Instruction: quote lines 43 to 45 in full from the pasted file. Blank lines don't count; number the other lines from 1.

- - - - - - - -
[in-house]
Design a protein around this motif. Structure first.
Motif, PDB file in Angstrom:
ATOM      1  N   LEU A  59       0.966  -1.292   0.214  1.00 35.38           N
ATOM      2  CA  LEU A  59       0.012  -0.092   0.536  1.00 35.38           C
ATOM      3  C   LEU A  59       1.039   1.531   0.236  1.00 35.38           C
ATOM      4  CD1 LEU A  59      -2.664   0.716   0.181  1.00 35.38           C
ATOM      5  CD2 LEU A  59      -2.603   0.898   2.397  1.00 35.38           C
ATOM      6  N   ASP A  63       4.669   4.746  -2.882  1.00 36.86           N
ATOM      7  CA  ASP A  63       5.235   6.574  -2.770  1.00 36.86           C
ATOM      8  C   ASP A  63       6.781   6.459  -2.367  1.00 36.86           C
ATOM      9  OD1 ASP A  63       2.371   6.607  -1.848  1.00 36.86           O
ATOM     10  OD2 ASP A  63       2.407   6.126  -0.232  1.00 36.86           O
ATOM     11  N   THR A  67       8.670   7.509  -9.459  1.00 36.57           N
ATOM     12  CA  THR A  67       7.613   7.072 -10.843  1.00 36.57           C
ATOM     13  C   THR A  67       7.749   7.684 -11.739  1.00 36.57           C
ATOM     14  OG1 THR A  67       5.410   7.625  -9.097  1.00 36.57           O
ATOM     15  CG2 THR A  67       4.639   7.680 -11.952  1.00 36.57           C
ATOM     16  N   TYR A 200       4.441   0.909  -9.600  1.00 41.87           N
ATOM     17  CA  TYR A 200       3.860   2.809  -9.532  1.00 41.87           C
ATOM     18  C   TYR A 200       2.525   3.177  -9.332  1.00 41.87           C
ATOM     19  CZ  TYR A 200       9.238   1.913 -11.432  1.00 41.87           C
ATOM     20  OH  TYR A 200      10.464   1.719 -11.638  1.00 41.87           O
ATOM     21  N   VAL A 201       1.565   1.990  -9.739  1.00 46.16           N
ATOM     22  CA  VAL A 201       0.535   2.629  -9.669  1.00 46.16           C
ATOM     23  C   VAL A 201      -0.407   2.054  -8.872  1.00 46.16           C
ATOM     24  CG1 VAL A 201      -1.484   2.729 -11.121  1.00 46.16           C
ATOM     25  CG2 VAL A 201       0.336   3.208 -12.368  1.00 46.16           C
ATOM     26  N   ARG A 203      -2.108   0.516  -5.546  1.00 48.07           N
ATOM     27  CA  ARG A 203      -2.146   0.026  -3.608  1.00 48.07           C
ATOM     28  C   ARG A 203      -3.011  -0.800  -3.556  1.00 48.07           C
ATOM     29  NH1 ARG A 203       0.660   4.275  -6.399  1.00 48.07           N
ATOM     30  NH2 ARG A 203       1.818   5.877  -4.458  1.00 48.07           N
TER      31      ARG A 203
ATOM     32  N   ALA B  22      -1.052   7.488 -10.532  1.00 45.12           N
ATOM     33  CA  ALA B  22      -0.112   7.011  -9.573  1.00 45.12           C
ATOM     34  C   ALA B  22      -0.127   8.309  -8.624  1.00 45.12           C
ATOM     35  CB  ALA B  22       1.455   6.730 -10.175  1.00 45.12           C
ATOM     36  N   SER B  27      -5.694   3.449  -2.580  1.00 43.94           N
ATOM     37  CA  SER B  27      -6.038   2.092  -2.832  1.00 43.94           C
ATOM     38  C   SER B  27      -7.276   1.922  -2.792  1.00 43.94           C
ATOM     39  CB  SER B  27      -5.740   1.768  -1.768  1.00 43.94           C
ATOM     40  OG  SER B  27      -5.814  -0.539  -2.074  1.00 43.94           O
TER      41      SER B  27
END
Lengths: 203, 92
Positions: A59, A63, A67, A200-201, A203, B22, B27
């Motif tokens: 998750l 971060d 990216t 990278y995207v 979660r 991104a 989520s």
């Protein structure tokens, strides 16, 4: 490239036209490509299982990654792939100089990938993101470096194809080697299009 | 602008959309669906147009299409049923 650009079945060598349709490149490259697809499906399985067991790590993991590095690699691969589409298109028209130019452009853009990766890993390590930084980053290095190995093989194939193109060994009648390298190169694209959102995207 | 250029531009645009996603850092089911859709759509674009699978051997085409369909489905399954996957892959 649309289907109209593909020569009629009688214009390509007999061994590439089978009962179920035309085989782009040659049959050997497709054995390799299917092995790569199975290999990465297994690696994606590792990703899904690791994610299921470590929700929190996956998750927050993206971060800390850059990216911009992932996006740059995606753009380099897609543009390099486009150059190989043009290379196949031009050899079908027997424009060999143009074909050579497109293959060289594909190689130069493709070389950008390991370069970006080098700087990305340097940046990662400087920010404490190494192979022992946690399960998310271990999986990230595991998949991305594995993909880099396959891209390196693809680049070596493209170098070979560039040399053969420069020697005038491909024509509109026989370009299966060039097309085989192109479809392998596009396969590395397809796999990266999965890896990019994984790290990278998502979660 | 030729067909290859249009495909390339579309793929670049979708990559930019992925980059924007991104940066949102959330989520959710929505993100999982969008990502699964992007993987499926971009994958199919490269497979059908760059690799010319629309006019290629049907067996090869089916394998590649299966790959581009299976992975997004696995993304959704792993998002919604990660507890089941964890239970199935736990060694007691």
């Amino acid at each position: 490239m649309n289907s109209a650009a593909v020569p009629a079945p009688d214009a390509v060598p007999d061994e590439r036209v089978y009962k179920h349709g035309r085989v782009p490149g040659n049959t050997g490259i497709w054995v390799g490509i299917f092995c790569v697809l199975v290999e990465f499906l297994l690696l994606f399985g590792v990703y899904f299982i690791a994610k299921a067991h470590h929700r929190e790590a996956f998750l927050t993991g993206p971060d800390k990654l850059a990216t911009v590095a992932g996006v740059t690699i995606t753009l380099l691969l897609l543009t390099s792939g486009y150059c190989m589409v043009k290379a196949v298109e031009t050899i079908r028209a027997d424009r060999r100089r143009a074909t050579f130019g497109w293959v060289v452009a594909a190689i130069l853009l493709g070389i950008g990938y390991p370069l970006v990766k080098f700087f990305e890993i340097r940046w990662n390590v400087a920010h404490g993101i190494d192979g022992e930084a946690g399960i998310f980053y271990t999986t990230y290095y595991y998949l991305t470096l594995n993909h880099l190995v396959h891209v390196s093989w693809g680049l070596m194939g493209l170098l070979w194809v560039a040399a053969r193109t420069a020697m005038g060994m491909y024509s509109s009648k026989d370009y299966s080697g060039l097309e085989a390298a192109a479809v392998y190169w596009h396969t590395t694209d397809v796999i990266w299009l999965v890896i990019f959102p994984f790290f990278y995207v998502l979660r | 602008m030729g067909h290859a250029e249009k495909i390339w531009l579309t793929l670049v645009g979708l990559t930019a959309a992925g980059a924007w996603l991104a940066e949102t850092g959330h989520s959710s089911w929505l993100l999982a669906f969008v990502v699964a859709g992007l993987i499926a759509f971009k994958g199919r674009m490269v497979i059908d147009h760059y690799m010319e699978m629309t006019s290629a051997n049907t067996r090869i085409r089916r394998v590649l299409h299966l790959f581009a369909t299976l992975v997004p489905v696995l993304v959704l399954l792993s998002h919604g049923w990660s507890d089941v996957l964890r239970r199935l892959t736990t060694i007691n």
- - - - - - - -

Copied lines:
ATOM     40  OG  SER B  27      -5.814  -0.539  -2.074  1.00 43.94           O
TER      41      SER B  27
END